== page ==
On Thursday, March 15, the Telluride Historical Museum will host a special screening of “Scrapple,” a feature length film “New York Times Magazine” described as “Babe on Acid.”
Shot in under a month in 1996, “Scrapple” pokes at old-timers, realtors and drug selling ski bums in the 1970’s fictional town of Telluride, err, Ajax. The film includes familiar faces, including Ashley Boling, Bradley Blackwell, Ken “Striker” Grodberg and Christopher Hansen. Hansen, along with his brother, Geoffrey Hansen and George Plamondon wrote the film, which was inspired by a short story by another local, Sean McNamara.
For a dose of the stranger-than-fiction history of the 1970’s, pick up a copy of the museum’s new journal, “Telluride Tales,” an exploration of the decade that saw the birth of a ski resort and the death of mining.
The journal, just like the film, features a hodgepodge of young people trying to make their own way; trust funders burning money and time; real-estate entrepreneurs; old-timers; outlaws; drunks; pretty girls; and of course, a hippie hating Town Marshall.
Thursday’s screening of “Scrapple” is a fundraiser for the museum. Tickets are $10 and the show starts at 9p.m.
Scrapple is About YouMarch 2012The Telluride Historical Museum hosts annual screening of a cult classic film set in Telluride
Museum Hosts Traveling Exhibit
MUSEUM HOSTS TRAVELING EXHIBIT
The Telluride Historical Museum celebrates agricultural life, art and regional traditional artists.
Telluride, Colorado (February 07, 2012) – Harvest of Heritage, Colorado Masterpieces: Celebrating Agricultural Life and Art, an exhibit honoring over two dozen of Colorado’s master traditional artists, will open at the Telluride Historical Museum on February 16 with a special reception for museum members.
The exhibit has traveled across the state and was even displayed at the Colorado State Fair.
Harvest of Heritage includes wheat art, leather and rawhide braiding, Mexican fabric art, woodcarving, Japanese paper art and ornamental iron work. An interpretive display features photographs and information about those and many other art forms including stained glass work, quilt making, painting and weaving. All of the featured artists have links to Colorado’s rich agricultural heritage and their stories bring our state’s history to life.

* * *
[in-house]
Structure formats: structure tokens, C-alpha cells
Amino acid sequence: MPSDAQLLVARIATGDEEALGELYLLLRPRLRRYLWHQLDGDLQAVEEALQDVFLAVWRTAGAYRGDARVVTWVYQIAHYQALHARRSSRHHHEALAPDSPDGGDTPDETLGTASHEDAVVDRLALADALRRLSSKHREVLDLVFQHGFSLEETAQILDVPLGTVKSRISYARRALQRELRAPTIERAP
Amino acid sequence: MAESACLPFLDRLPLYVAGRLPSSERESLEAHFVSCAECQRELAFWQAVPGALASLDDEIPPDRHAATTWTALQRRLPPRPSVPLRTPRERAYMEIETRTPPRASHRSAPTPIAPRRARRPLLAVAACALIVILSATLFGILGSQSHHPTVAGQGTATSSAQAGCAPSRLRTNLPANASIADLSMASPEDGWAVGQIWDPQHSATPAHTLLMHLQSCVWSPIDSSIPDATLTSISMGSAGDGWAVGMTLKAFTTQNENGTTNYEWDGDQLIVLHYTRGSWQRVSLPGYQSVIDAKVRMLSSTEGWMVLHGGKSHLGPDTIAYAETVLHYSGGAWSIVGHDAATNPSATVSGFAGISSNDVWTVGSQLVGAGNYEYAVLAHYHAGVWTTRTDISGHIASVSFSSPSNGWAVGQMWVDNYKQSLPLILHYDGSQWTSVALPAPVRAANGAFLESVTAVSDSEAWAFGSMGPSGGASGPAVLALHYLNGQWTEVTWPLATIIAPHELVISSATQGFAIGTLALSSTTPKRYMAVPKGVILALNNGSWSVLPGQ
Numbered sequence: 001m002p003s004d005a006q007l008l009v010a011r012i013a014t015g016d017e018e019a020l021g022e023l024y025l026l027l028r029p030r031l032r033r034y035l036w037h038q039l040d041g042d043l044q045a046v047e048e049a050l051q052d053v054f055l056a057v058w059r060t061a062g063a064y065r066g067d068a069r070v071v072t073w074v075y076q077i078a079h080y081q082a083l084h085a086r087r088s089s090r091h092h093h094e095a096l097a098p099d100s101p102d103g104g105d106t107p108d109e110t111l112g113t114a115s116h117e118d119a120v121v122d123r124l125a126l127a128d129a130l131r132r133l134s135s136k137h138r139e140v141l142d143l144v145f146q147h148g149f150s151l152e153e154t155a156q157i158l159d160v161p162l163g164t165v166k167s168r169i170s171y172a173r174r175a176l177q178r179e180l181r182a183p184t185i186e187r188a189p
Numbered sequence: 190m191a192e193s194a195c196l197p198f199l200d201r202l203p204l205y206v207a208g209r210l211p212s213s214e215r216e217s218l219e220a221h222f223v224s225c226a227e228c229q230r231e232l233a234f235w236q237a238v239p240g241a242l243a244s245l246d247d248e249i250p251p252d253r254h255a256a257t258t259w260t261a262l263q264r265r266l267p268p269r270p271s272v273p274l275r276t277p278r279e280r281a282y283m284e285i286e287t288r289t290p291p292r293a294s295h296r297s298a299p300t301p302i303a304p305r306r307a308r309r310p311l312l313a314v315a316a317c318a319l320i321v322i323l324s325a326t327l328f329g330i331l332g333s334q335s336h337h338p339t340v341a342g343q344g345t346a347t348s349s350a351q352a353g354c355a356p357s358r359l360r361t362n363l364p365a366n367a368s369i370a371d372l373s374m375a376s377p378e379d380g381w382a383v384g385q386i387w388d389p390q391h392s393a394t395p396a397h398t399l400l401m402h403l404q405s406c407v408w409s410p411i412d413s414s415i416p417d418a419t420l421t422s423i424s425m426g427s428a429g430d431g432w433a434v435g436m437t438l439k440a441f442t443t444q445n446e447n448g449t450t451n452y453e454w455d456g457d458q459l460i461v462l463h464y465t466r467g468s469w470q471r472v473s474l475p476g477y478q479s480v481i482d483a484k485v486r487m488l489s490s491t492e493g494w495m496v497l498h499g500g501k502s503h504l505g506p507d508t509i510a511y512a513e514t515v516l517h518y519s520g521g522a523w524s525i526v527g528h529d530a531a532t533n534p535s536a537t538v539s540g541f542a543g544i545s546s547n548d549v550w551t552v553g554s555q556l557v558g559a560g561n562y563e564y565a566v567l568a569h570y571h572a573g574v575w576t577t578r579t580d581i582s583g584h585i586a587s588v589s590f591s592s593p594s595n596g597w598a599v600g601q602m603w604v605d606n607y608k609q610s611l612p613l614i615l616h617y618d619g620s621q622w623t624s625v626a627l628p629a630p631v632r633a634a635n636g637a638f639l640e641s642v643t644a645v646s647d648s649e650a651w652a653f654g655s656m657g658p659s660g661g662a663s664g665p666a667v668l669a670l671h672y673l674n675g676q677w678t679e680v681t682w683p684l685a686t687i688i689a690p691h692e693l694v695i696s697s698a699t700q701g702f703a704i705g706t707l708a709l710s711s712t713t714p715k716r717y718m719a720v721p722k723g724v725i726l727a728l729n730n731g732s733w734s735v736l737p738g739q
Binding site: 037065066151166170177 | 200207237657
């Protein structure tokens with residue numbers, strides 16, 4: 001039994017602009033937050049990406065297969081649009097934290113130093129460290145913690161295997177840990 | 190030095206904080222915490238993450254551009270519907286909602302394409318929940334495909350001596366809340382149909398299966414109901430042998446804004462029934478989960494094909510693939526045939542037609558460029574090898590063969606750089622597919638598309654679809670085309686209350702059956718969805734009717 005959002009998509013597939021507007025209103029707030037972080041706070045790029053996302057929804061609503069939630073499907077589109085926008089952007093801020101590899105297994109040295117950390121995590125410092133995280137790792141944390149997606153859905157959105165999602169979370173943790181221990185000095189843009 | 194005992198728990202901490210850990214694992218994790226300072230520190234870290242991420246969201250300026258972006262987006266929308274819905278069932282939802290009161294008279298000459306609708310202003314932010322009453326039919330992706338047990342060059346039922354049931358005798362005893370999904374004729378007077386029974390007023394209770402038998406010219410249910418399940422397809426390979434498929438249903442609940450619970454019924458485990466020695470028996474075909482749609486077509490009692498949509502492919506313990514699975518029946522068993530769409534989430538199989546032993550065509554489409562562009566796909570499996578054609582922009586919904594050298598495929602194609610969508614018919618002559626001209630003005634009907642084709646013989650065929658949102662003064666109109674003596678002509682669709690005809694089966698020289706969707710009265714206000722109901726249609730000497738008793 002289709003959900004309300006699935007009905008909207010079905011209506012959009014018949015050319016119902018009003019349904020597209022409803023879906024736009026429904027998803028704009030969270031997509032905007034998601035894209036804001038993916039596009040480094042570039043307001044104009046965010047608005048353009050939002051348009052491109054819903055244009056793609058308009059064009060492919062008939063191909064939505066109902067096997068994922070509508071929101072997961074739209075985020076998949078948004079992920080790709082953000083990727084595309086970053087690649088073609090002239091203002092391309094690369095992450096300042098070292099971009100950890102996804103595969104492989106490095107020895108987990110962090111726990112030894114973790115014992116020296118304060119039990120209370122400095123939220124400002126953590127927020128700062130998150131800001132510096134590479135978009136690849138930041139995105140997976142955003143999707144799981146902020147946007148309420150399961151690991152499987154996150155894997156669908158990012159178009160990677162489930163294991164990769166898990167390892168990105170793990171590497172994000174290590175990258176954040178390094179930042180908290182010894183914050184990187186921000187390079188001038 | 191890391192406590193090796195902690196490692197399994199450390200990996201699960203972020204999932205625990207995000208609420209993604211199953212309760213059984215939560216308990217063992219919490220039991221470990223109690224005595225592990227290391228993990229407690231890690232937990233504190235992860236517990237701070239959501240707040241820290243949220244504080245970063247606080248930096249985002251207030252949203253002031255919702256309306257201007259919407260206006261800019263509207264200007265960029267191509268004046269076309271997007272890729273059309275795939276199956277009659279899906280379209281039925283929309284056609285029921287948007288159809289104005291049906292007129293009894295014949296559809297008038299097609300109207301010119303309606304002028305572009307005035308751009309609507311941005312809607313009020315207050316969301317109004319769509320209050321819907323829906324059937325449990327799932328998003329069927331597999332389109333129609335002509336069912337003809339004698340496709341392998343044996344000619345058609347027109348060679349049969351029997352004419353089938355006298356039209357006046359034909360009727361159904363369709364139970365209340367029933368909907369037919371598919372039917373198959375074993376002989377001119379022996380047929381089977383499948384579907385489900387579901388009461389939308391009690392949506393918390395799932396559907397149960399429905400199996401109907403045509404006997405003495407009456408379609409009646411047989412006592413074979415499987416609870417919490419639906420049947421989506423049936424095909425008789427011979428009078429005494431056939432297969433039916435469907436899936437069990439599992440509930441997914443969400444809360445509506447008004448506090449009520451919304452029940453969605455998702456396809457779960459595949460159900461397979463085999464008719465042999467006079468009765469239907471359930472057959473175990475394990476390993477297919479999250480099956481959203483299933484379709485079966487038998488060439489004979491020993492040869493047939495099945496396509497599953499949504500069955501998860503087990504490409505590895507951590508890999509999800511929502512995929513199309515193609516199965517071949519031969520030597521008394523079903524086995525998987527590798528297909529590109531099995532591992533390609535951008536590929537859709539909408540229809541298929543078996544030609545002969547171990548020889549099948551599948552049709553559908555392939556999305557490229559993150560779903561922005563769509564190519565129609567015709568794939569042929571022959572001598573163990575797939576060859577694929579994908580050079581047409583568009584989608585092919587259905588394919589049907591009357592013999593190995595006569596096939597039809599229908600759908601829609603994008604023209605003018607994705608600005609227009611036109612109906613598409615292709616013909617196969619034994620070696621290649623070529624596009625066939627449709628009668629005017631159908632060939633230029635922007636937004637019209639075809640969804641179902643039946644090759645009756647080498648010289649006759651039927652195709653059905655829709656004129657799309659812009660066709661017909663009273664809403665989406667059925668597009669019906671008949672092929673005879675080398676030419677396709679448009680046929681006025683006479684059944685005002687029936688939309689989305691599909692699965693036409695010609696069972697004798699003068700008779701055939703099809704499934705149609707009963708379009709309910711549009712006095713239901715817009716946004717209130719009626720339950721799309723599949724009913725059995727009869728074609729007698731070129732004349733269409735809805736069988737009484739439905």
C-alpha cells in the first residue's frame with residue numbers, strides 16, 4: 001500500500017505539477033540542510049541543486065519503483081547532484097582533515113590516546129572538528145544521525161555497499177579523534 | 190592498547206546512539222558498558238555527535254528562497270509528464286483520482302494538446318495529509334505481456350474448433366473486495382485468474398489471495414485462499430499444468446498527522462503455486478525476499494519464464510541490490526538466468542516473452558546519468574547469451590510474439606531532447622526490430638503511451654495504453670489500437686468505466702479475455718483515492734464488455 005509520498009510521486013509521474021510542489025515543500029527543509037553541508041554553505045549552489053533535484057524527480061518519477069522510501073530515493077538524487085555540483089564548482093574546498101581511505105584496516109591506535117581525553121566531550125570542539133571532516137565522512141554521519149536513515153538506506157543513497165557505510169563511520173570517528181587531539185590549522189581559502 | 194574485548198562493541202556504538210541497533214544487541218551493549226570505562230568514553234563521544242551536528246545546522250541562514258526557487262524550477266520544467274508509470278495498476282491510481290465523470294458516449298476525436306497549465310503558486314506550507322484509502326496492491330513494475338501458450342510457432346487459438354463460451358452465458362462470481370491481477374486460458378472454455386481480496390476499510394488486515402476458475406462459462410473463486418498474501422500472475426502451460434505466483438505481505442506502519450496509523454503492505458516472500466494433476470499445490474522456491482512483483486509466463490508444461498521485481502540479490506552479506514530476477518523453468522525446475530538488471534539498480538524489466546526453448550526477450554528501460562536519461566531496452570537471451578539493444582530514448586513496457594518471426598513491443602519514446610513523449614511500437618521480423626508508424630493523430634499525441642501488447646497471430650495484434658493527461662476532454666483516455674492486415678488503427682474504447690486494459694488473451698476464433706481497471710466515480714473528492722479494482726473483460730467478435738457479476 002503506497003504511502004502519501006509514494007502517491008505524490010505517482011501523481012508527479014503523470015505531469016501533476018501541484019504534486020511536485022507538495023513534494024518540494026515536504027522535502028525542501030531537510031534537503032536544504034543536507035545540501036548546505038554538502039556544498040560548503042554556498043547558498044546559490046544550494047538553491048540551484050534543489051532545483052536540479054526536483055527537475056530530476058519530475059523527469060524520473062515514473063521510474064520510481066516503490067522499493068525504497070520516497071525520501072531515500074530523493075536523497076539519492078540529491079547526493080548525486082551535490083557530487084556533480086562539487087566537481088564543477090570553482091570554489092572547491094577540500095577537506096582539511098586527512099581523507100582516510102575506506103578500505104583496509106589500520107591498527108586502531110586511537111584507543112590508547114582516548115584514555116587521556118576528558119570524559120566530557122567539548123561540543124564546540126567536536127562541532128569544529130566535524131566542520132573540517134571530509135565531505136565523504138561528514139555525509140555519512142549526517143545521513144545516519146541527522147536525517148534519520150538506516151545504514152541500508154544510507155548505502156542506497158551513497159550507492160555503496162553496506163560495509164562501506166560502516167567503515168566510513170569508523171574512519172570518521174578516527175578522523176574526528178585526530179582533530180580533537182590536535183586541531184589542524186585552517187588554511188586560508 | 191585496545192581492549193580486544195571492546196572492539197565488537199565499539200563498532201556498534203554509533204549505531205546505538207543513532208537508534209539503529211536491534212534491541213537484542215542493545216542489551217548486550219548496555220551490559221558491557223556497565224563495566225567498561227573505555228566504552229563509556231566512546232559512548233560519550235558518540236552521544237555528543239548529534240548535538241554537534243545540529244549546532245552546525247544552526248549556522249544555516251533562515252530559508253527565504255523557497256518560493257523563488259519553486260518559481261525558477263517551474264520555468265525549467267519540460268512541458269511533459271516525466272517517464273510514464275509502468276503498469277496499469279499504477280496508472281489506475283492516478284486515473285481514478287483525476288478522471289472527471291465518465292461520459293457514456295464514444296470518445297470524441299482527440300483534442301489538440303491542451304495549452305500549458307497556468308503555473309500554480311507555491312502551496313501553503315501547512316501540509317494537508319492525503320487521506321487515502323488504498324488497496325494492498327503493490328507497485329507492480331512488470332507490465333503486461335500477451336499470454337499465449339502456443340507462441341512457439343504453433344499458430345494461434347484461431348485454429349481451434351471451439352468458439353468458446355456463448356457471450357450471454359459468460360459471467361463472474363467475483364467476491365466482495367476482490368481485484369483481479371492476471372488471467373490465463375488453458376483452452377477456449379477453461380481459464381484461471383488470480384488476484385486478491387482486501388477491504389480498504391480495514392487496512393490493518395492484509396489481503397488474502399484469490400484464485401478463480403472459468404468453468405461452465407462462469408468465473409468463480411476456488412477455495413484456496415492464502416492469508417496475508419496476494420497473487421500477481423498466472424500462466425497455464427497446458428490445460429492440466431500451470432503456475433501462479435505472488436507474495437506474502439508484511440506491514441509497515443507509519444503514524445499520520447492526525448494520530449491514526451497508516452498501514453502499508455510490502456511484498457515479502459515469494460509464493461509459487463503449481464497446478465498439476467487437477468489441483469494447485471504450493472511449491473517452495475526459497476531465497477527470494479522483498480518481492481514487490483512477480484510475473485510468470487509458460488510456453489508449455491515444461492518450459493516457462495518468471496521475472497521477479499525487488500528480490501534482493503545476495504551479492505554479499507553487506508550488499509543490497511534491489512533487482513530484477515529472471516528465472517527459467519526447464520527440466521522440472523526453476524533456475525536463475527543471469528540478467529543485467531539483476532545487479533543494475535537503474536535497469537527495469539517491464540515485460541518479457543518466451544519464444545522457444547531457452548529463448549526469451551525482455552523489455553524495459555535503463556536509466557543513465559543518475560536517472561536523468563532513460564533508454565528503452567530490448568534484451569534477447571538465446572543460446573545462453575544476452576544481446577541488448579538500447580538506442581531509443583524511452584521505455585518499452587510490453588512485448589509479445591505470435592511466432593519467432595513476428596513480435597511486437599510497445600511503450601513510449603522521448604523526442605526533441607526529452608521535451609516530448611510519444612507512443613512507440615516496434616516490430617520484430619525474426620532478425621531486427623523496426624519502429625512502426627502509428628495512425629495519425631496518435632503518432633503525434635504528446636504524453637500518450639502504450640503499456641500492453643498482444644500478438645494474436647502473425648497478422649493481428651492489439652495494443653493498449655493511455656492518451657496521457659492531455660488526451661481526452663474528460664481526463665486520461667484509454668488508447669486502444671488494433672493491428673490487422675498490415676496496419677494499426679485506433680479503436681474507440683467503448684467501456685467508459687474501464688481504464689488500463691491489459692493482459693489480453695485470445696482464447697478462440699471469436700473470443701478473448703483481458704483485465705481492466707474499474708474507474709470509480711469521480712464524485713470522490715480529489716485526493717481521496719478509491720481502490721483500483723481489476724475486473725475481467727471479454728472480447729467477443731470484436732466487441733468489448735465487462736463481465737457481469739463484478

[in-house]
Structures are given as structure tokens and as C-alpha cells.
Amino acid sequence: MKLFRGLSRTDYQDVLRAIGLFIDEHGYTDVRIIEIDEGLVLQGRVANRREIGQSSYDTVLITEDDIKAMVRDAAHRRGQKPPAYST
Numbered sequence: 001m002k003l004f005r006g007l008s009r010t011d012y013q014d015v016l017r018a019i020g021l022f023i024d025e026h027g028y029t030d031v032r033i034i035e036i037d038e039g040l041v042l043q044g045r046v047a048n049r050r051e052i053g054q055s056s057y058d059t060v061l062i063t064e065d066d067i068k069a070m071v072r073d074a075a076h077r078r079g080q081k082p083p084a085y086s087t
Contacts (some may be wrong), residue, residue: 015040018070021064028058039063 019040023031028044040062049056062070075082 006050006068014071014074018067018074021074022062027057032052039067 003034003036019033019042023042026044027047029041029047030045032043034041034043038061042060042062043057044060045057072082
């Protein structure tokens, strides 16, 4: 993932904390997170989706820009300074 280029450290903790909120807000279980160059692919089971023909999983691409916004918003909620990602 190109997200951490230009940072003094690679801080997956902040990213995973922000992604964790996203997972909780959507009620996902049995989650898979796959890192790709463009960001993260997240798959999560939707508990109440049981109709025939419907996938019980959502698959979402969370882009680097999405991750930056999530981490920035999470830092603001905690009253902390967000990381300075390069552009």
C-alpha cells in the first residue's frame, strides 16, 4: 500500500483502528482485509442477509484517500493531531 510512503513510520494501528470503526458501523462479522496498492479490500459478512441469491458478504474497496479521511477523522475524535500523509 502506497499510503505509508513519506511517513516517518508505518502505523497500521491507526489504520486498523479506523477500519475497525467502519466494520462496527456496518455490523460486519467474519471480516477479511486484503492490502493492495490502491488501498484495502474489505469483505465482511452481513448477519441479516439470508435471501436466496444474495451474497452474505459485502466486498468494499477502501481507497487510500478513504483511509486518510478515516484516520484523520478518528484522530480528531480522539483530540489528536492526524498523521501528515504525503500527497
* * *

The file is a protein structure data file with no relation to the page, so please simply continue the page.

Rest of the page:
Having met the highest standards of the Colorado Creative Industries’ Cultural Heritage Program, many of the featured artists have been awarded state grants and fellowships to help them preserve, present, and celebrate their traditional art forms. Two have received the National Endowment for the Arts’ highest honor for our nation’s tradition bearers, and many serve as master artists passing on skills and knowledge to the next generation of apprentices.
The exhibit also includes photos and information about projects—supported through Colorado Creative Industries’ various grant programs—which contribute to the preservation and promotion of Colorado’s cultural heritage.
In attendance for the Exhibit Opening will be Ronna Lee Sharp, the exhibit’s curator and one of Colorado’s three regional folklorists.
Harvest of Heritage is presented by Colorado Creative Industries, funded by the National Endowment for the Arts American Masterpieces Program and created and toured by the Museum of Western Colorado.
Harvest of Heritage will be on display until the museum closes at the end of the ski season.
Museum Hosts Traveling ExhibitFebruary 2012The Telluride Historical Museum celebrates agricultural life, art and regional traditional artists.
39 Years of the Ski Resort Celebrated
39 YEARS OF THE SKI RESORT CELEBRATED
Greg Stump’s long-awaited final cut of “Legend of Aahhh’s,” to premiere.
Telluride, Colorado (January 31, 2012) – The Sheridan Arts Foundation, Telluride Historical Museum, Bootdoctors and Travis Julia Presents will celebrate the Telluride Ski Resort’s 39th anniversary, at the Sheridan Opera House, on February 9 and 10 with two nights of special guests and world premieres, including a highly anticipated debut of a Greg Stump original ski film.
The first of the two premieres will debut “Super Cut: 39 Years of Telluride in Ski Movies,” an epic montage of ski footage shot in and around Telluride, vintage commercials and movie scenes featuring locals. Dean Rolley, Telluride’s resident Audio Visual guru, has spent months splicing together footage along with local ski film icon Scott Kennett and Travis Julia.